As Christian physicians they do, as Dr. Trimarks says, “believe there is a God-honoring role for prescription therapy” and so, if your symptoms are severe, you should consult your physician.
However, both doctors caution their patients “to not excuse the sinful behaviors that occur during these times of increased temptations by thinking of them as simply a result of a disease.” That is why we’ve spent the majority of this series examining ways of escape, so we can stand up under the increased temptation during PMS, postpartum depression or menopause.
Wise doctors are a gift from God. We are so grateful for the common grace of medical wisdom, and to Dr. Trimark and Dr. Mays for their willingness to serve the girltalk audience. Tomorrow we’ll look beyond the helpful advice contained here to the promises of God’s Word, which is sufficient to sustain us, regardless of the severity of our trial.
After reading Friday’s post, girltalk reader Andrea encouraged us to check out an essay from John Piper’s A Godward Life entitled “Talking to Your Tears.” We’re quoting a small excerpt here, but you’re really going to want to read the rest; so go ahead and buy the book!
“Those who sow in tears shall reap with shouts of joy! He who goes out weeping, bearing the seed for sowing, shall come home with shouts of joy, bringing his sheaves with him.” Psalm 126:5-6
“This psalm teaches the tough truth that there is work to be done whether I am emotionally up for it or not, and it is good for me to do it. Suppose you are in a season of heartache and discouragement, and it is time to sow seed. Do you say, ‘I can’t sow the field this spring, because I am brokenhearted and discouraged’? If you do that, you will not eat in the winter. Suppose you say instead, ‘I am heartsick and discouraged. I cry if the milk spills at breakfast. I cry if the phone and doorbell ring at the same time. I cry for no reason at all, but the field needs to be sowed. That is the way life is. I do not feel like it, but I will take my bag of seeds and go out in the fields and do my crying while I do my duty. I will sow in tears.’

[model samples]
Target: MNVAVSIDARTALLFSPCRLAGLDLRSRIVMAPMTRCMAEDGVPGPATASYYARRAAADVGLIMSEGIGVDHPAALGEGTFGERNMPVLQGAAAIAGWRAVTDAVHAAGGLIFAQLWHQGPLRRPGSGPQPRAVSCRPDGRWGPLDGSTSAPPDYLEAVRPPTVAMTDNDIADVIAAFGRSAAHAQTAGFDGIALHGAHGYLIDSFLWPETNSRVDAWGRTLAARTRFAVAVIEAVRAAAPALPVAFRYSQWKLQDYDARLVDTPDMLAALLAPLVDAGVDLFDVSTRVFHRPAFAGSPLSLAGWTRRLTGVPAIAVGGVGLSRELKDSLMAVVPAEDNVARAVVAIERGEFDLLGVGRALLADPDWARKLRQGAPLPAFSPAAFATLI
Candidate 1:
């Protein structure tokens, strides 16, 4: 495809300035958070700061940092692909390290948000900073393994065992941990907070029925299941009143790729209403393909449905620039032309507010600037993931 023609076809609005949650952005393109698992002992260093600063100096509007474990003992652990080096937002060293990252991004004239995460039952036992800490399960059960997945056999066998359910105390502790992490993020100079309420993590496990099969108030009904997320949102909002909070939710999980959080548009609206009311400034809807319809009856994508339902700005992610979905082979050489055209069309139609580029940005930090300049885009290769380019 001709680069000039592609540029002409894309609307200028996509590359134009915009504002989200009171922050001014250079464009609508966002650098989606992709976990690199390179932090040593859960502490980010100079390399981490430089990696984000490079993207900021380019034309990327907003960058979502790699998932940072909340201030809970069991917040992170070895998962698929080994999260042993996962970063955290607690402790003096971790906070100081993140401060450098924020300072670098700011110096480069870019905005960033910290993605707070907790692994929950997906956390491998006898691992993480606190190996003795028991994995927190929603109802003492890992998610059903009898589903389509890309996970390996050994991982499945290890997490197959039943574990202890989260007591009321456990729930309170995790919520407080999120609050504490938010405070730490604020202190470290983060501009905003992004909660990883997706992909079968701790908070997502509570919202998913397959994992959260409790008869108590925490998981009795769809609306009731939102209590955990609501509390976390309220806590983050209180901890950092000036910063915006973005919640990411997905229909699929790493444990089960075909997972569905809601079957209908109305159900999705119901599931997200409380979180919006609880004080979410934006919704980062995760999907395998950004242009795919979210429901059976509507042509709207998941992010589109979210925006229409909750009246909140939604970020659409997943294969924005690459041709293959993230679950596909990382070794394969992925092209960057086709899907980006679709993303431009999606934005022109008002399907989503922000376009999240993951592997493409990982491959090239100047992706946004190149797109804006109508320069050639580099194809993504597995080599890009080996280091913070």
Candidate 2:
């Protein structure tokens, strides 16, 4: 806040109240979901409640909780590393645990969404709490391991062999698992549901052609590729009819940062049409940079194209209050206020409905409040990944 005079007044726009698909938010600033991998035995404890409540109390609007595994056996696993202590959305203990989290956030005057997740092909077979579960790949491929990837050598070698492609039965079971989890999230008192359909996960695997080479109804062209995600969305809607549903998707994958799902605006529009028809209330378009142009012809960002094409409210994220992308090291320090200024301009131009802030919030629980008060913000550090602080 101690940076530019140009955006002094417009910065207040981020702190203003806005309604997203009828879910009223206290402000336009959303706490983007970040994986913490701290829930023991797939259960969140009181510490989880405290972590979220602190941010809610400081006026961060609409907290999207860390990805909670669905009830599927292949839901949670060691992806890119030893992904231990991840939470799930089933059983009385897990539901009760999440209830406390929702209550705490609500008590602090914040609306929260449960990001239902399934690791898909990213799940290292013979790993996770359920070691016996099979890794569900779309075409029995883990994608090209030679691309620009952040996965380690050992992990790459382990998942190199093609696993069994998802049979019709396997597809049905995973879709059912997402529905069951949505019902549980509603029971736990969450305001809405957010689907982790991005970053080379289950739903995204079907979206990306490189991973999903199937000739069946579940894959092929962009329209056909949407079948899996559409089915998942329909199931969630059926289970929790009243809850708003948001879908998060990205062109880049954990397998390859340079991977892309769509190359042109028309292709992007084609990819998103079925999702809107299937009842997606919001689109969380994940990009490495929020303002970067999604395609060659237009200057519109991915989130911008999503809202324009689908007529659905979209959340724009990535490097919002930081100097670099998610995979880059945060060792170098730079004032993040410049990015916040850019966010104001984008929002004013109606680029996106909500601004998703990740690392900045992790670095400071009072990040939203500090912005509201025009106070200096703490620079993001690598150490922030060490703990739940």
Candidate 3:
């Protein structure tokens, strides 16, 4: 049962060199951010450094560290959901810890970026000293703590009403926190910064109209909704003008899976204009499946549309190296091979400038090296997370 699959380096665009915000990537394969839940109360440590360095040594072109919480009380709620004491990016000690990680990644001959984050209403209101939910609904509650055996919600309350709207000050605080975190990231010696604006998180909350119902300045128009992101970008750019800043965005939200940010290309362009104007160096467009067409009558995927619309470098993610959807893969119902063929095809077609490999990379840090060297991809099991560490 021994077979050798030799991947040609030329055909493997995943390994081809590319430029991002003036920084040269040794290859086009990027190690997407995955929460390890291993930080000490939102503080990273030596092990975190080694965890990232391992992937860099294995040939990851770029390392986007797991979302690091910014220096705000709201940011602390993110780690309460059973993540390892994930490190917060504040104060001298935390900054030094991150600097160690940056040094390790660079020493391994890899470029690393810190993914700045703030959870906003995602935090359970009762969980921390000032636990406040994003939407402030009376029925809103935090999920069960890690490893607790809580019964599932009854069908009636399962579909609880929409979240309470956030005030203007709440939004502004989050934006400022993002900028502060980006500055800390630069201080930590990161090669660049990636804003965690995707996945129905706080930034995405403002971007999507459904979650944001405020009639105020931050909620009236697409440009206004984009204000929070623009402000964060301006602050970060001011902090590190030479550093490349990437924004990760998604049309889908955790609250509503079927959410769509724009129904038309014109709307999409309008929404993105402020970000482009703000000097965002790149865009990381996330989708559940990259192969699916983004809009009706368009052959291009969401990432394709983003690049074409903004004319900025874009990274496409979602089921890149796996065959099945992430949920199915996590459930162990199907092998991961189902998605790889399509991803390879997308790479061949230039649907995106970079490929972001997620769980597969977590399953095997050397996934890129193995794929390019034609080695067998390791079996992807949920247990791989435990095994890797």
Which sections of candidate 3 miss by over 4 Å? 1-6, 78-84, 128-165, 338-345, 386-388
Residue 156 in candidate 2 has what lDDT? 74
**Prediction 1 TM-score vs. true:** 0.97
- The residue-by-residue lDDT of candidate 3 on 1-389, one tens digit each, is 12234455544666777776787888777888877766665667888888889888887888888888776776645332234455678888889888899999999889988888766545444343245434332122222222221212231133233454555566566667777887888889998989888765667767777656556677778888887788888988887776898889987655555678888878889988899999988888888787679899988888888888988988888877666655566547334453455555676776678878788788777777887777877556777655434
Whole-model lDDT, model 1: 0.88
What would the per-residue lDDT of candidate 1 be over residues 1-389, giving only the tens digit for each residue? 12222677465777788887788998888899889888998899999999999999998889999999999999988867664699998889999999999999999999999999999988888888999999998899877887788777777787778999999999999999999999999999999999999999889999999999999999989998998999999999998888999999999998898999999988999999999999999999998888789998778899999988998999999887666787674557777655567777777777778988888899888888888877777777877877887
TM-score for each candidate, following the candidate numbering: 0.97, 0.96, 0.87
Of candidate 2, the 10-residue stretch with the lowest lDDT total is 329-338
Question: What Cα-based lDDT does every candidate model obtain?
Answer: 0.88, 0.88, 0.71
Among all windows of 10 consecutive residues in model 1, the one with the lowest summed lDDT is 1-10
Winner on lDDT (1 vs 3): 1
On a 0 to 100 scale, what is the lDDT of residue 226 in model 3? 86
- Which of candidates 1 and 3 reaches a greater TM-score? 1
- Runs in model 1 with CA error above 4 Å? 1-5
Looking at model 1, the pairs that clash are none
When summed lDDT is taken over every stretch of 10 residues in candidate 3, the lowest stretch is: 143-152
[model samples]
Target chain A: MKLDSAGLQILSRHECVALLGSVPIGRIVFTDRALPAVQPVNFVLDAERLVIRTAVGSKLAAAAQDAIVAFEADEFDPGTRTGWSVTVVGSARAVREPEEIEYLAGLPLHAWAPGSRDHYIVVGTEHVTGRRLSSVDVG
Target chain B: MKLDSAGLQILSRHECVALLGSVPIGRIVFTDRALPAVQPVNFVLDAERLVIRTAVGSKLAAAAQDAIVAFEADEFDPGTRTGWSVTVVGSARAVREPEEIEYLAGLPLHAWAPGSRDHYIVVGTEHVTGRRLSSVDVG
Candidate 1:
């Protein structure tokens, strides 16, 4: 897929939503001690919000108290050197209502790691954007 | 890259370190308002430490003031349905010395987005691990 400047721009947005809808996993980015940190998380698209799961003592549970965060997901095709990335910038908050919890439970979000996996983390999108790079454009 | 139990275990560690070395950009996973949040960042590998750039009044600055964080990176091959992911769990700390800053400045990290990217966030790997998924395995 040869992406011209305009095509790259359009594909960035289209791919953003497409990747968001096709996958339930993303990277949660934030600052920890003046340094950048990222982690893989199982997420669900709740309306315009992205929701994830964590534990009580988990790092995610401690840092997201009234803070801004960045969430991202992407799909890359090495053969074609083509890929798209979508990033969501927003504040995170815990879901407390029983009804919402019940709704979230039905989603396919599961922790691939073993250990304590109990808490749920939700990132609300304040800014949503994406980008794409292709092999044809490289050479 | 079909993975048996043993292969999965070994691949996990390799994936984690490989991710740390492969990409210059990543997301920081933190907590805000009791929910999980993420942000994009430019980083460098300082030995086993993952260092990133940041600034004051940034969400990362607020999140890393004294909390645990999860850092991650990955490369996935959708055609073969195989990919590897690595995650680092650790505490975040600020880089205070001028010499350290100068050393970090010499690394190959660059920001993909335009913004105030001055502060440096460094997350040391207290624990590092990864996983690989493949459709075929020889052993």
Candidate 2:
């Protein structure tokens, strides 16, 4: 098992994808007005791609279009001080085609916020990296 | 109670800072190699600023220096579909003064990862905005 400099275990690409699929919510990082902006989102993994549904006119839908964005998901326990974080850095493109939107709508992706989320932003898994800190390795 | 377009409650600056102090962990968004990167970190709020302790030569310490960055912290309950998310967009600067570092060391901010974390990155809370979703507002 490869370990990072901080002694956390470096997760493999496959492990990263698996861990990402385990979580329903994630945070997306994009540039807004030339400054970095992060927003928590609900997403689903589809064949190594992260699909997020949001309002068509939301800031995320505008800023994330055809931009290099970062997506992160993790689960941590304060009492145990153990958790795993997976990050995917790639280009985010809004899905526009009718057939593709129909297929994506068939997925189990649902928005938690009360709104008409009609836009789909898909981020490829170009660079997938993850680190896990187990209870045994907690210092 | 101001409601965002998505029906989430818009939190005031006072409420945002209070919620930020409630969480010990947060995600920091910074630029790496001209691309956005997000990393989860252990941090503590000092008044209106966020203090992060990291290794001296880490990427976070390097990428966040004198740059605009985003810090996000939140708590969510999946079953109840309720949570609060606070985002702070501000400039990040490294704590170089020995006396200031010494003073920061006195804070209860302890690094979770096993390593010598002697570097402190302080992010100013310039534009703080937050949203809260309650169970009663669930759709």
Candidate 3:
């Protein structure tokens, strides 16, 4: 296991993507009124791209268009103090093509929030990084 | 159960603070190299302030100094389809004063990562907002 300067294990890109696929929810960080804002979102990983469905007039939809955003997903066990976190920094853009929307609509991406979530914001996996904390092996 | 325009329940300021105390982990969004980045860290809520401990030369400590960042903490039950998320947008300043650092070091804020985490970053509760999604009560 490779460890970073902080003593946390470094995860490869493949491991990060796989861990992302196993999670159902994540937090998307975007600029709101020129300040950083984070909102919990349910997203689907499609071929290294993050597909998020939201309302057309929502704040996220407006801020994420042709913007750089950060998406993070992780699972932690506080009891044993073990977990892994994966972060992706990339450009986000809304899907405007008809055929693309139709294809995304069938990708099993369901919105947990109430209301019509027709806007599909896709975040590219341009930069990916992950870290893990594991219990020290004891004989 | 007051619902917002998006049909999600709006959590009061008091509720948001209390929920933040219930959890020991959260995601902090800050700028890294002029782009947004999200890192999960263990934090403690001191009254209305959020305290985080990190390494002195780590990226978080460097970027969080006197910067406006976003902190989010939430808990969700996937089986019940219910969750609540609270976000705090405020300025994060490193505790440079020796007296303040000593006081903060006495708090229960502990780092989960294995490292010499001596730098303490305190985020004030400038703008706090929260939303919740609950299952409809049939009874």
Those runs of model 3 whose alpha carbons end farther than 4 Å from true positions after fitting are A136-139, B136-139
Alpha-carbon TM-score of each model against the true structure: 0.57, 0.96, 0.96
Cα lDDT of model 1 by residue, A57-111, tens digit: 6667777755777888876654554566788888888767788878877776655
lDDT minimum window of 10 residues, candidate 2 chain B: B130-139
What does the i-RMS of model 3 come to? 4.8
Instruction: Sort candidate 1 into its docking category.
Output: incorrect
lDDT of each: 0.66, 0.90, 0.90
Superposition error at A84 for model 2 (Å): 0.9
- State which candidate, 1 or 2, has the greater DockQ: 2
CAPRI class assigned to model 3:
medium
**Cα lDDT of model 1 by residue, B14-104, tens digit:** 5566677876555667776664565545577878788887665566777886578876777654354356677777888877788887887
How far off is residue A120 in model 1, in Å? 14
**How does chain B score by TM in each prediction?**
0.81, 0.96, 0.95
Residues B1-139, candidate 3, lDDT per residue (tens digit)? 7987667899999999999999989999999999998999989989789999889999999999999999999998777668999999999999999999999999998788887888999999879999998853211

If you do that, the promise of this psalm is that you will ‘reap with shouts of joy.’ You will ‘come home with shouts of joy, bringing your sheaves with you,’ not because the tears of sowing produce the joy of reaping, but because the sheer sowing produces the reaping. We need to remember this even when our tears tempt us to give up sowing.” A Godward Life, pp. 89-90
So what fields in your life need to be sowed today? Even if you cry while you do your duty, you will, one day reap with joy.
It might be the last thing in the world we feel like doing, but God will provide the strength; and grace to endure will come as we obey. It’s a simple “way of escape” that this poem describes:
“Many a questioning, many a fear, Many a doubt, hath its quieting here. Moment by moment, let down from Heaven, Time, opportunity, guidance, are given. Fear not tomorrows, Child of the King, Trust them with Jesus, DO THE NEXT THING.
Do it immediately; do it with prayer; Do it reliantly, casting all care; Do it with reverence, tracing His Hand Who placed it before thee with earnest command. Stayed on Omnipotence, safe ‘neath His wing, Leave all resultings, DO THE NEXT THING.
Step by step, next thing by next thing, God will be faithful to help us to glorify Him in these challenging seasons.
The conclusion of our PMS Prep series next week, and Friday Funnies before the day is through…
“I have been unexpectedly catapulted into menopause because of the chemo I was on last year” wrote a friend who is recovering from cancer. "This is a fairly common side affect for women my age. In my effort to ‘get back to normal’ I have been trying to go full throttle with everything. Wondering why I keep crying. Anyway, I think the hormonal changes have a lot to do with it. I am making an effort to simplify and look for a ‘new normal’ in this season. Thank you all so much. You have really encouraged me.”
My friend is right. We often need to find a “new normal” in these seasons of our lives. We need to adjust our lifestyle to keep the most important things most important. We brainstormed and came up with just a few “strategies to simplify.” These can all be useful for the week of PMS, the months of postpartum depression, the years of menopause, or any other unusually busy or difficult season.